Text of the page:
Fujimori versus anti-Fujimorismo


Perhaps it is a sign of the times in Latin America that both the candidates in Peru’s run-off ballot for the presidency, on June 5th, support the continuation of the free-market policies that have made the country one of the region’s most successful economies, The Economist notes:

After all, Peru is heading for economic growth of around 4% this year, while the region as a whole faces its second year of recession. What is at stake in the election is something more basic, if the campaign rhetoric is to be believed: what kind of government do Peruvians want, and for whom should it govern?

Pedro Pablo Kuczynski, a liberal former economy minister, argues that victory for his opponent, Keiko Fujimori, means “the return of dictatorship, corruption and lies”, as he put it in the final campaign debate on May 29th. “I am convinced that freedom is at serious risk in Peru,” he declared.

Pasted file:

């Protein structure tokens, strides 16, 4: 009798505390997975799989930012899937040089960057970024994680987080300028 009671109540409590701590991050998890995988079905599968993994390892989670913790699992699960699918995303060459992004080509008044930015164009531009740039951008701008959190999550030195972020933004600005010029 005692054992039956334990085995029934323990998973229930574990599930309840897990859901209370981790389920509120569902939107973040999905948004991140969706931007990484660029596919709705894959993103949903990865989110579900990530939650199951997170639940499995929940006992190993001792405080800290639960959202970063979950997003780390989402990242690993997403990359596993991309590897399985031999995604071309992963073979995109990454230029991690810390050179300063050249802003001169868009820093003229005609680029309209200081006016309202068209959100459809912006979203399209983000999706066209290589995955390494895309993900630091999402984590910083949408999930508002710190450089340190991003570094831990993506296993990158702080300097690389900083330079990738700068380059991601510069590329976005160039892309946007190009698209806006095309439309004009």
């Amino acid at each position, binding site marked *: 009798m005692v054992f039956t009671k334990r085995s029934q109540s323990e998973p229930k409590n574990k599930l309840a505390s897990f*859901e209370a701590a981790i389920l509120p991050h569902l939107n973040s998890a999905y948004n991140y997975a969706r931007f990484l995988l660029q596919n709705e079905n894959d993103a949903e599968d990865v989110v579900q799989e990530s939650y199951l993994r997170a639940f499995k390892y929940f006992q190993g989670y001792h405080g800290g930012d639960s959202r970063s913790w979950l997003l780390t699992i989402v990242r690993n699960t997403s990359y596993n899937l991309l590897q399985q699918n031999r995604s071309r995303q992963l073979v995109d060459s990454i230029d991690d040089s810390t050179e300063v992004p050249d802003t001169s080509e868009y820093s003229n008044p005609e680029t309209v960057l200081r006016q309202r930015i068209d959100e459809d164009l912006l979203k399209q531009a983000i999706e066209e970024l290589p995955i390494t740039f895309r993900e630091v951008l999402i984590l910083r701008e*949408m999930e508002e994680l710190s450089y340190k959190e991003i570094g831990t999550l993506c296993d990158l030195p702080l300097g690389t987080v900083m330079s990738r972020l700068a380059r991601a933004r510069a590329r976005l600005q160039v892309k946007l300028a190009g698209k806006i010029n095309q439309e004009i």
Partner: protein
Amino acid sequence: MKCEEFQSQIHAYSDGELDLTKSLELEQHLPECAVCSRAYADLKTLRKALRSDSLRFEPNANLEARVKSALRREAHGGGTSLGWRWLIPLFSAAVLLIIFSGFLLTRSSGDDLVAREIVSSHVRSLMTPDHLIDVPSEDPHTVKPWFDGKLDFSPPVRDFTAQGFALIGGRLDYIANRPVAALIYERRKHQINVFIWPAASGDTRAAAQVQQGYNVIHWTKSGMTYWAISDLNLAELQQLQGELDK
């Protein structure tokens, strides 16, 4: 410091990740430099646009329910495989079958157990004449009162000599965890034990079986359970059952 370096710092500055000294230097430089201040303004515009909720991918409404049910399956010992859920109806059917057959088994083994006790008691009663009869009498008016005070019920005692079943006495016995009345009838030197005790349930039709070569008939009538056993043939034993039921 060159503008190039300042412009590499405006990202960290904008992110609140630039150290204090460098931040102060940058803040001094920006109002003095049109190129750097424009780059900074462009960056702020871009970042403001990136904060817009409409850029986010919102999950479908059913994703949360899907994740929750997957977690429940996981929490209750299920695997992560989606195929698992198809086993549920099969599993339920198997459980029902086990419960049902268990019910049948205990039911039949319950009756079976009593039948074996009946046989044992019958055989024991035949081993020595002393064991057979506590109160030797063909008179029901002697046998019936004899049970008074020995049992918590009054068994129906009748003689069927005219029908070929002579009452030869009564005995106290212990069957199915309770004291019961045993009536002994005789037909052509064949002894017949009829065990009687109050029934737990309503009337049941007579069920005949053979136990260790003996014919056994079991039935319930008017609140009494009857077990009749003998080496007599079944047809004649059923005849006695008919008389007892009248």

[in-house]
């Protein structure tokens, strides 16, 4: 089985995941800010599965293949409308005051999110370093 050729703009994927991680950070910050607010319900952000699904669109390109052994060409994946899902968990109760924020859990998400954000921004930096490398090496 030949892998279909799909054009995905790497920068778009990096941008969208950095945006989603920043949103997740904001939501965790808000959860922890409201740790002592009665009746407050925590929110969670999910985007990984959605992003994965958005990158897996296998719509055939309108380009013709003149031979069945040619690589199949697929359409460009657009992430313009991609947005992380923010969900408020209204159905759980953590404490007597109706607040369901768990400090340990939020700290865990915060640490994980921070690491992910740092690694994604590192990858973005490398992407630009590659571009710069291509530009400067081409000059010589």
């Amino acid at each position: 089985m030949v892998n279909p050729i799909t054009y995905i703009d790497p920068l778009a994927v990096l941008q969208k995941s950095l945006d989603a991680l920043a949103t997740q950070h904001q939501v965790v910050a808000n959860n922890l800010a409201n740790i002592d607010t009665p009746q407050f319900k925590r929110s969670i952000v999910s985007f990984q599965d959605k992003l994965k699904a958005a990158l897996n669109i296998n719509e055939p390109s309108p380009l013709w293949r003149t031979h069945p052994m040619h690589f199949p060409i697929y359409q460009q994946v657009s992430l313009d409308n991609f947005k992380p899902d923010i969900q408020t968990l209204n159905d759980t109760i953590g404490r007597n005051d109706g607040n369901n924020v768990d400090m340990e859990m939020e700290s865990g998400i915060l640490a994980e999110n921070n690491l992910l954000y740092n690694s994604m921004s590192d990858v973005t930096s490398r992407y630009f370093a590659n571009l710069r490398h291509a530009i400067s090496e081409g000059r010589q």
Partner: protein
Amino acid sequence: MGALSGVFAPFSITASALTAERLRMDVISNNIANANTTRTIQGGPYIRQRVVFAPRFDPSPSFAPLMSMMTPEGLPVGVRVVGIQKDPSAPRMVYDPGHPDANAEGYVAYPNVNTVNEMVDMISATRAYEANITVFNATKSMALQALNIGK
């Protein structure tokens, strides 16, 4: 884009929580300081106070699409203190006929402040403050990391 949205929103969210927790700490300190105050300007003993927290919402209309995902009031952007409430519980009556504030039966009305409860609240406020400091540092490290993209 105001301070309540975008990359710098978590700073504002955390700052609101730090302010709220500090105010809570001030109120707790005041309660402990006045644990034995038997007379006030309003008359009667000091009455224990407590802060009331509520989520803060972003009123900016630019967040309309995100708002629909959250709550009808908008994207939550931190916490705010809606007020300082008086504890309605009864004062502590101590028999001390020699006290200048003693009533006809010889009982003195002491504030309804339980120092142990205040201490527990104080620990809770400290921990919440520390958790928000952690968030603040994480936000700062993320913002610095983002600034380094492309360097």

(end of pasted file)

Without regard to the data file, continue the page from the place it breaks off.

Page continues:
In a country with almost no real political parties, “anti-Fujimorismo” has become the most powerful political ideology, the paper adds:

The main reason for believing that her victory, assuming it happens, would not entail political regression is not just that she is not her father. Peruvian democracy is stronger than it was in the 1990s, and both the media and civil society are less biddable than they were. But Peruvians will need to be alert.


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